Last week we lost a dear friend, wife and mother, Lynn Alice Owen, who was affectionately known to many simply as “Lynn”.
Born in Dodge City, Kansas USA on October 7, 1947, Lynn completed her BA in English and Education in 1969 at Southern Nazarene University. During her youth, Lynn played classical piano and was an excellent aerobatic water skier until a nasty accident left her with severe injuries.
On May 31, 1969 she married Sam Elwood Owen after which they both joined Campus Crusade for Christ (CCC), an interdenominational Christian parachurch organisation for college and university students and worked on university campuses in Oklahoma before moving to the United Kingdom with the same organization.
In 1971, Lynn and Sam relocated to Uganda, where in conjunction with the Anglican Church, they established Life Ministry East Africa as an offshoot of CCC operating on Makerere campus.
During their stay in Uganda, Lynn and Sam made the acquaintance of Joe Church who is considered to be the father of the East African Revival Movement and they were deeply influenced by his work in the region.
Unfortunately, due to the human rights excesses of the Idi Amin regime, Lynn and Sam were forced to flee Uganda in 1974, moving to Kenya where they had extended the work of Life Ministry with Sam serving as the first Regional Director. The work of Life Ministry expanded to other East African countries.
By 1987 Life Ministry had established strong institutional structures and Lynn and Sam moved on to launch what would become the National Prayer Breakfast, in partnership with the National Parliament of Kenya.
The annual event was modelled on the US National Prayer Breakfast which has been running since 1953 with the aim of bringing together political, social, and business elite for prayer and fellowship, recognising Jesus in the corridors of power.
Other than her pioneering work with the National Prayer Breakfast, Lynn was a proven leader, an instigator, spiritual mentor, and confidant. She established several women’s groups who met and prayed together. She was equally at home with spouses of leaders in the public and private sector leadership in Kenya as well as the mama mboga in the slums of Nairobi.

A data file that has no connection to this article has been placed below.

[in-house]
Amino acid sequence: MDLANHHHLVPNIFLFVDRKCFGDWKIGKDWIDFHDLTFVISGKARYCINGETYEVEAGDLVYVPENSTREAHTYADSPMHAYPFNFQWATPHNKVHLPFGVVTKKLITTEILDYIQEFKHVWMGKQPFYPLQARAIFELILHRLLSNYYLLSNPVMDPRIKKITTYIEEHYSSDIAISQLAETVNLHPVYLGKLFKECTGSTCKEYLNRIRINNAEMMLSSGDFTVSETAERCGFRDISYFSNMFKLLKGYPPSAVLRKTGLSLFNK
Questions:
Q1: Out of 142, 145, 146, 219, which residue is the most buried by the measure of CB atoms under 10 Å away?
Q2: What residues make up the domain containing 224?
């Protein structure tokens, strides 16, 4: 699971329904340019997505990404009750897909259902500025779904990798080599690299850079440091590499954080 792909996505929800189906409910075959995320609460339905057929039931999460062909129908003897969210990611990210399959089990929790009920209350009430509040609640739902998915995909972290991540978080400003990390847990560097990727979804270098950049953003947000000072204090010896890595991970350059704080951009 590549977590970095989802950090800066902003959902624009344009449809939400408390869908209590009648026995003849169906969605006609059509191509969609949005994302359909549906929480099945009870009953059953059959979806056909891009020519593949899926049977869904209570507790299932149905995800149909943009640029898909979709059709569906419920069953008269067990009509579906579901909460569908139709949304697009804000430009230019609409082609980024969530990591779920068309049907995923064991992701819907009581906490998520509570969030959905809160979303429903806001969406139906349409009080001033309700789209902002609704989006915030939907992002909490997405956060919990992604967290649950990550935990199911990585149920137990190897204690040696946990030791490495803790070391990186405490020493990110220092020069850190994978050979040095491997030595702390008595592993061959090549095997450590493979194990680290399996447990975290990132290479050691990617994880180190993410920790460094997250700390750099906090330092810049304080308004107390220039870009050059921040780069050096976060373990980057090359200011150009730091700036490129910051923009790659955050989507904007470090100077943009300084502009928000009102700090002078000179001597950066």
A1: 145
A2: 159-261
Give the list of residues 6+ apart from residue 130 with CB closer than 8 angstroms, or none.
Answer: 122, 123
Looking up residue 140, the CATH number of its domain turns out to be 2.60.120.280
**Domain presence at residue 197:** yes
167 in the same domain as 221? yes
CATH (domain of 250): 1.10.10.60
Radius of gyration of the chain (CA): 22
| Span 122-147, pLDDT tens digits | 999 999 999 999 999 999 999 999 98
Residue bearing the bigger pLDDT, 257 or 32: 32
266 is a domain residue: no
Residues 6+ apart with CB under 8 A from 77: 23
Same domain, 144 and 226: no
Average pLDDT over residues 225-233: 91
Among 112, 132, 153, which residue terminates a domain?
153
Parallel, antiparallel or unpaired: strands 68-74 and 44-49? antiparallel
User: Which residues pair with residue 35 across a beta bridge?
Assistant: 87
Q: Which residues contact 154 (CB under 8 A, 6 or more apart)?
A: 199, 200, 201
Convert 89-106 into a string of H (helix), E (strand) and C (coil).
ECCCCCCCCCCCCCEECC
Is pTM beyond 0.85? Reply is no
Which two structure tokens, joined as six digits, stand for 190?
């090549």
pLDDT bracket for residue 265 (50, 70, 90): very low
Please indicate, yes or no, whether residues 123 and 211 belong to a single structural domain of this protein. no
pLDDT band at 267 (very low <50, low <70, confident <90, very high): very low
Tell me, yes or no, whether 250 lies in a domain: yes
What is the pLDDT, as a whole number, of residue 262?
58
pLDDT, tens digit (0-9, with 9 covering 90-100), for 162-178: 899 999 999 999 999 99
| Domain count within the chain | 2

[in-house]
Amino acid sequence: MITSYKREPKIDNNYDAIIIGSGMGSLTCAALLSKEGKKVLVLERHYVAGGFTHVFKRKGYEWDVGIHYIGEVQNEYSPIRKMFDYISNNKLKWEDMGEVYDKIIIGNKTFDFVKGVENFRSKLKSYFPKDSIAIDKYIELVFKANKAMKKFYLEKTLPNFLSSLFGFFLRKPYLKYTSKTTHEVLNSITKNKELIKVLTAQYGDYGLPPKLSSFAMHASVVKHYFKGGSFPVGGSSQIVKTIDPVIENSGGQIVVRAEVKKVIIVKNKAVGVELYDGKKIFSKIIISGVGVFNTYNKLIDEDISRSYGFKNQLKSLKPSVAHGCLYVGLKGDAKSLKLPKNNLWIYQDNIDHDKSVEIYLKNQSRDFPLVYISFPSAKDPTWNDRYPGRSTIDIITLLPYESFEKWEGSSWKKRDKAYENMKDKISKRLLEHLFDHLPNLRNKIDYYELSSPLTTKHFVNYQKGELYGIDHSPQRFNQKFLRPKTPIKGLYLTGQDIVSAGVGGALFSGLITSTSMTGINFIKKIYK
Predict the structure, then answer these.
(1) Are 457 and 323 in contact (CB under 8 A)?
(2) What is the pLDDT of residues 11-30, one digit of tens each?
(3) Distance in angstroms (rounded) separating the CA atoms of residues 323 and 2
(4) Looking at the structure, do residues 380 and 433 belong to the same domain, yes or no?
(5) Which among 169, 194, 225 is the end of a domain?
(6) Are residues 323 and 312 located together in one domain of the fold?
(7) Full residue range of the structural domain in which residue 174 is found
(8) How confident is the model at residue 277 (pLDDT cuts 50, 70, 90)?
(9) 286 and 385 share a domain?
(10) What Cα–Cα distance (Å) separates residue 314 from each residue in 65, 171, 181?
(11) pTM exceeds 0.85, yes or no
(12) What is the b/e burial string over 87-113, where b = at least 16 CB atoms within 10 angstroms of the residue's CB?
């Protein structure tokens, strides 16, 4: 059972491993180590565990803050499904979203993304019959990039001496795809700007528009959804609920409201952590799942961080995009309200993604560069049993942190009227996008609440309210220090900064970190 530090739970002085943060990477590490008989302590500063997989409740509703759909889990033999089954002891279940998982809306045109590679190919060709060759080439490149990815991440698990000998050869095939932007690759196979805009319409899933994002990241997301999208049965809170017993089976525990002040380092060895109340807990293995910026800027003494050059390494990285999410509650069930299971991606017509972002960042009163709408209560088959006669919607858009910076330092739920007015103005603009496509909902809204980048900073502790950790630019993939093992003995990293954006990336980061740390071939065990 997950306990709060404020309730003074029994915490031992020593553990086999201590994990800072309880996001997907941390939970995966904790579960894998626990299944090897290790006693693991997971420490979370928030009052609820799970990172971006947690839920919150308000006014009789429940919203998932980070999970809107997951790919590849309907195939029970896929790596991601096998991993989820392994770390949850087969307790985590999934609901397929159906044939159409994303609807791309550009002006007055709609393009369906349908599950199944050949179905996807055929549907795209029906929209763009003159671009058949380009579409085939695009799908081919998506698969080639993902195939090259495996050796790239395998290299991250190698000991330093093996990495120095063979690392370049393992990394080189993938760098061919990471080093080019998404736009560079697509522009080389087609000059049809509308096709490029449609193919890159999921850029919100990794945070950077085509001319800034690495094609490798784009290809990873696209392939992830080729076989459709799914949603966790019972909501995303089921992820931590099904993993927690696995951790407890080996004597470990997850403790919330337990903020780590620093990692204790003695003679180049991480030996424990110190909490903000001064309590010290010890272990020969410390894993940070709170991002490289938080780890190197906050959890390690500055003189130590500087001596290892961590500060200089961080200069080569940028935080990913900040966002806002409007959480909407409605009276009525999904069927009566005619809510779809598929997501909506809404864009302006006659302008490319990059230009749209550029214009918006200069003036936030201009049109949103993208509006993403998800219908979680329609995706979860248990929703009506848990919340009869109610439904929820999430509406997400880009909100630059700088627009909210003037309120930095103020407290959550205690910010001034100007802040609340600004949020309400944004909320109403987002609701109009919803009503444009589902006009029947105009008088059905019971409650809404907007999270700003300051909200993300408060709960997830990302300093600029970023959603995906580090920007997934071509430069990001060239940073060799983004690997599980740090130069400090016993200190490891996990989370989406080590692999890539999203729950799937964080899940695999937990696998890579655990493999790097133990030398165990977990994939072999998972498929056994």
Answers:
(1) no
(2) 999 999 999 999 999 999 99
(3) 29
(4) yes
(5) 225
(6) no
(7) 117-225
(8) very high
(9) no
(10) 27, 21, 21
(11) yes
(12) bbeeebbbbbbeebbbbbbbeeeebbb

Out of some of these groups were born several ministries to serve the most-needy in Kenya, including, the creation of Light and Power, which was a mentoring project for street children in Gatina, Kawangware, and many small women’s income generation groups in various needy parts of Nairobi.
Friends described her as thoughtful, caring, honest and one who enjoyed life to the full. She eschewed stereotype thinking and would often openly challenge those who displayed double standards. Lynn was multi-talented and loved beauty especially in handicrafts and art.
Lynn loved her children unconditionally, giving erself completely when her daughter Amy was diagnosed with cancer five years ago. She was a pillar and valued companion to her husband Sam.
But she was also a gracious hostess in her home and welcomed visitors across cultural, social, and religious boundaries.
One Kenyan couple recalls being hosted by Lynn in 1993 at the family home in Virginia and they cannot forget her superb cooking, especially of succulent chicken breasts accompanied by her humour, wit and humility.
They discovered that her father was a wealthy motor vehicle dealer in Kansas but, they would never have guessed it because of her down to earth character.
In May this year, Lynn was told by her oncologist that she had only six months to live after being diagnosed with a very aggressive type of pancreatic cancer last year.
The doctor advised that she could take chemotherapy and if it worked, probably, she could extend her days. Lynn accepted her predicament and decided against chemotherapy choosing to spend whatever time was left in the company of her family.
She did not want to be smothered with pity and put her family in constant fear of death. Lynn went to be with the Lord on July 22, 2020 surrounded by her family. She was cremated on July 28, 2020 in Fairfax, Virginia.
The Owens came to Kenya and fell in love with our beautiful country almost 50 years ago, leaving the comforts of a western type lifestyle. Lynn loved spending time with her family on the clear sandy beaches at the coast and in our enchanting game parks. Lynn and Owen came to Kenya not as paternalistic missionaries preaching dogma but as Jesus-led mentors building capacity for transformative leadership and creating alternative livelihoods for the needy. Their track record of achievements speaks for itself.
More than 10 years ago Lynn and Owen purchased a property in Nairobi and two years ago, sold their home in Virginia having decided to spend their retirement in Kenya.
They discovered the jewel in the crown in Kenya and in so doing found their purpose in life.
We need to appreciate what a beautiful country we are blessed with notwithstanding our shortcomings in how we manage ourselves. Kenya is endowed with a wonderful climate, fauna and flora, wildlife and is a melting pot of peoples and cultures.
I know that Lynn is in a better place where there is no pain. May the Almighty rest her soul in eternal peace.